Well we had a very good service and burial for our friend and brother. Chobee, David Elijah Exum, was on this earth for too short a time. But I think he accomplished his life's work, which will live on as long as we remember him. Many of you were there, and I know many who would have liked to have been there but were prevented from circumstances at this short notice.
Rick, you were right: David did bring a lot of dignity to the events. He also brought a lot of humor and creativity. He showed compassion to everyone. He was a great man but a kid at heart. We all have many fond memories of him. Steve Abolt said that death nor infirmity will not quench the fire that burns inside us, and one day soon we will be reunited.
One thing that I did not know, is that David never spent a night away from his wife and family. At every reenactment, if they were not able to be there, he would go home and be with them. How many people you know that have spent every night from marriage to life's departure with their wife? This is the person of strong character that he was; a loving and devoted spouse and father.
The service was three parts, showing how complex a person and how wonderful a mosaic was his soul. The first part of the service was a Native American service. The next part was a Christian service led by his church pastor. And the third part was a military funeral and salute at the veteran's cemetery in Bushnell. All three were strong, powerful, and moving. Tears flowed freely by many, and compassion was felt by all. Although sad to see him go, we are happy that he is in a better place, where we will join him someday.
Chobee in his casket was decked out in his finest Muskogee clothing, beaded turban, replicas of the moundville serpent disk, and other articles of Muskogee heritage. It was obvious that he was well loved by many. The funeral home had a dvd playing of David from various photos in life. I didn't know he was such a hip looking dude in the 70s.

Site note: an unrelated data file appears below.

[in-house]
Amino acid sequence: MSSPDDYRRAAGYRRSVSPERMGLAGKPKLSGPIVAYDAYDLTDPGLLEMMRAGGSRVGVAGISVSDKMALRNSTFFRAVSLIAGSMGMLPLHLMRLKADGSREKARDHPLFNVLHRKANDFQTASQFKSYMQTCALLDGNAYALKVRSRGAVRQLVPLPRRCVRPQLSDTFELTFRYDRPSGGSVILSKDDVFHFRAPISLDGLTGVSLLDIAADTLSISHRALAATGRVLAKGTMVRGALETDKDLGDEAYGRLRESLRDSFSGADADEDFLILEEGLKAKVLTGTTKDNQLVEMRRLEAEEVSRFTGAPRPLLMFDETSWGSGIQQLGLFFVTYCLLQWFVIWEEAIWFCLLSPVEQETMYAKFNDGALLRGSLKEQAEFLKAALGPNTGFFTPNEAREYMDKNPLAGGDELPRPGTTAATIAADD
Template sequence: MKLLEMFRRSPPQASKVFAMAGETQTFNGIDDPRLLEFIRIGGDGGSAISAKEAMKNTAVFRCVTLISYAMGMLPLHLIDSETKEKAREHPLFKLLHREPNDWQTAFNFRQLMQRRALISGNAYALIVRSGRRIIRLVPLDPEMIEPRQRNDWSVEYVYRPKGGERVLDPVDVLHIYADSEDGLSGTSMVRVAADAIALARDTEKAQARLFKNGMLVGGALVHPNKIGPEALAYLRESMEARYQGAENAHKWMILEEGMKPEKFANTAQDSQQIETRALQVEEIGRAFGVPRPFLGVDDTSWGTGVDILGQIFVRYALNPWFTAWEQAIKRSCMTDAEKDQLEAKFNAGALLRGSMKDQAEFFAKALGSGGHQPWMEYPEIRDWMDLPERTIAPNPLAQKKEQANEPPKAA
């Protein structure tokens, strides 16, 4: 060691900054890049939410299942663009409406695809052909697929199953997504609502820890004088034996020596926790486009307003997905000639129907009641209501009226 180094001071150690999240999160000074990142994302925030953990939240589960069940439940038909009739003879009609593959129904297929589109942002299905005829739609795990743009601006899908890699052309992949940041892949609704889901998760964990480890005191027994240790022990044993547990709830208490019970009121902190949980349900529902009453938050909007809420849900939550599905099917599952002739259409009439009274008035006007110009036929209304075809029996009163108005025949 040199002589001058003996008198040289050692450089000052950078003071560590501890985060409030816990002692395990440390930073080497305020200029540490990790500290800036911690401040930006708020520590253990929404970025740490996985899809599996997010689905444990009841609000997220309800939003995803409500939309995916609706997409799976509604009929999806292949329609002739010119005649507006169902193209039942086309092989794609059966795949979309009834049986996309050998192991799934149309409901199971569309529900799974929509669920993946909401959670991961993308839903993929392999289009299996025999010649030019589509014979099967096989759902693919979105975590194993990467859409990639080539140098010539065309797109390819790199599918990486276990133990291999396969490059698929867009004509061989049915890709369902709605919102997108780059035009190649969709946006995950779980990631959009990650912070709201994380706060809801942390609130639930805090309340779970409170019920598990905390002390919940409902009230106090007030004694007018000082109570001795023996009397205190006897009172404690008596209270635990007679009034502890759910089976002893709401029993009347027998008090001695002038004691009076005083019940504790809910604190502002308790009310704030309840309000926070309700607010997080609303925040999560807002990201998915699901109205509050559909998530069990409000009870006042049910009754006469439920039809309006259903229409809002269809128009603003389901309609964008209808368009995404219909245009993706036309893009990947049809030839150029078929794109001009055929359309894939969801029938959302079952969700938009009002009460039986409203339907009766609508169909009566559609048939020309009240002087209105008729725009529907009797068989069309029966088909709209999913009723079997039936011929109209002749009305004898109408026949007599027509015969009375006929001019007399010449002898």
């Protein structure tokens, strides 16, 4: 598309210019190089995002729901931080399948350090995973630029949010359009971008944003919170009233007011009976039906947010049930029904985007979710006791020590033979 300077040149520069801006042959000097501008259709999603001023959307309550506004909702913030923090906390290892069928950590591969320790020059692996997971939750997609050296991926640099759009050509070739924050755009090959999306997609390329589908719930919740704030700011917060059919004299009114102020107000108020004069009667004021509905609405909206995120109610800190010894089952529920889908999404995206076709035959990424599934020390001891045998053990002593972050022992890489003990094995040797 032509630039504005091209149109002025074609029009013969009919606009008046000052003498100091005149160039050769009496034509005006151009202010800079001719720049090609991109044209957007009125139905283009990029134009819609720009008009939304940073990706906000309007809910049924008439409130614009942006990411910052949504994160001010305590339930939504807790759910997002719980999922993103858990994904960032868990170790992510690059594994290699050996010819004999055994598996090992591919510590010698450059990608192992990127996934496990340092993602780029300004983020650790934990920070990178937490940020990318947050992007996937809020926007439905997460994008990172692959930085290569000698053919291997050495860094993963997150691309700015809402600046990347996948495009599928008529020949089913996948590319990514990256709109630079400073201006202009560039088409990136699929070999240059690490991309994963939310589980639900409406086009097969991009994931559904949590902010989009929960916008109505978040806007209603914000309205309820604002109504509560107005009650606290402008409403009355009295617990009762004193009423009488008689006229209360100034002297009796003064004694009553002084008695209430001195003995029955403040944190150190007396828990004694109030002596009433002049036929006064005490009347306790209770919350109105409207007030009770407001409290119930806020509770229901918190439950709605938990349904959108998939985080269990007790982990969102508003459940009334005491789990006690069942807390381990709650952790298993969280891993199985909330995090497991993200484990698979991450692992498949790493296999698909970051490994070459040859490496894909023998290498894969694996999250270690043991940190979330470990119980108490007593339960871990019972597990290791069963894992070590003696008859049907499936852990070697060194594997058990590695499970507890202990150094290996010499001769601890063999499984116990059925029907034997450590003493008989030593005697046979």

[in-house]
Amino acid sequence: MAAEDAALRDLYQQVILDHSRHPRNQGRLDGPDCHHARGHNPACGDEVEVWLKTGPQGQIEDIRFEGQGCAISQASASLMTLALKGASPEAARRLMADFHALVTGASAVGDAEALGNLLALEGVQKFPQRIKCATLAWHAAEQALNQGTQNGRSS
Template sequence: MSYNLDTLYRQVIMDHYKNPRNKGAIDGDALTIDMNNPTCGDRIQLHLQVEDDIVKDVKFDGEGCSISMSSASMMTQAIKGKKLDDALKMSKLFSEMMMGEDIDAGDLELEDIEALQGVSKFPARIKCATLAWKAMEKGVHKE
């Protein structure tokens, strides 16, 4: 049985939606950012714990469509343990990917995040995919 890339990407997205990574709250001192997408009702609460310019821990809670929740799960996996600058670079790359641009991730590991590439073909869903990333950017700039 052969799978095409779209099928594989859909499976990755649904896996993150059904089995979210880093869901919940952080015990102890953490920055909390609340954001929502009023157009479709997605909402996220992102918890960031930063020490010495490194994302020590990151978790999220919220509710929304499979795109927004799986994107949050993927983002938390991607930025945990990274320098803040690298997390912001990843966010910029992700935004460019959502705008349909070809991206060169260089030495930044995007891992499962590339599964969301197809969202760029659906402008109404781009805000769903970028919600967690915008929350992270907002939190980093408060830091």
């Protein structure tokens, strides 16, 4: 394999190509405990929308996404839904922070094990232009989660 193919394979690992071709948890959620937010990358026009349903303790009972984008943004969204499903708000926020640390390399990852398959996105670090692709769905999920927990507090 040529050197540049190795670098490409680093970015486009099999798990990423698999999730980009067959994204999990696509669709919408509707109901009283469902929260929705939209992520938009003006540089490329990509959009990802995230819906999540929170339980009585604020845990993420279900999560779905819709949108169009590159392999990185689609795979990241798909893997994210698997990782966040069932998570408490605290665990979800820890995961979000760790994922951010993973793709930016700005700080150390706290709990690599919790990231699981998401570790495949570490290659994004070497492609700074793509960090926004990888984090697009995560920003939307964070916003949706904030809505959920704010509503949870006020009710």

It was good to see Jack, much wiser in years and gray-haired. Cathy looks beautiful and graceful as always. Israel and Jeremiah are now grown and very strong looking men.
The veteran's cemetery probably has not had such an interesting looking crowd. So many wearing the Creek and Seminole clothing as a colorful field of wildflowers. Chobee was laid to rest with such dignity.
Going to the cemetery, the procession was slow up I-75. I could have passed them and met them at the cemetery. But I decided to stay in line. I plan on being buried here in a few years, and didn't want to get there earlier than I needed too.
This next December during the Dade Battle reenactment, several of us will travel a few miles down the road and see Chobee's grave. Not far on the same grounds is the tombstone of David Moniac, another Creek Warrior and veteran of the armed services. This is the area of the Wahoo Swamp. Moniac died in battle nearby in 1836, and Chobee was buried here 170 years later. Moniac died a warrior and leader; it does not matter the side he was on; that was his choice. Chobee, also a warrior and leader, would often reenact the Seminole victory celebration of Wahoo Swamp at Dade Battlefield every year, which he is well remembered for.
Farewell my brother; we will miss you but will celebrate your life.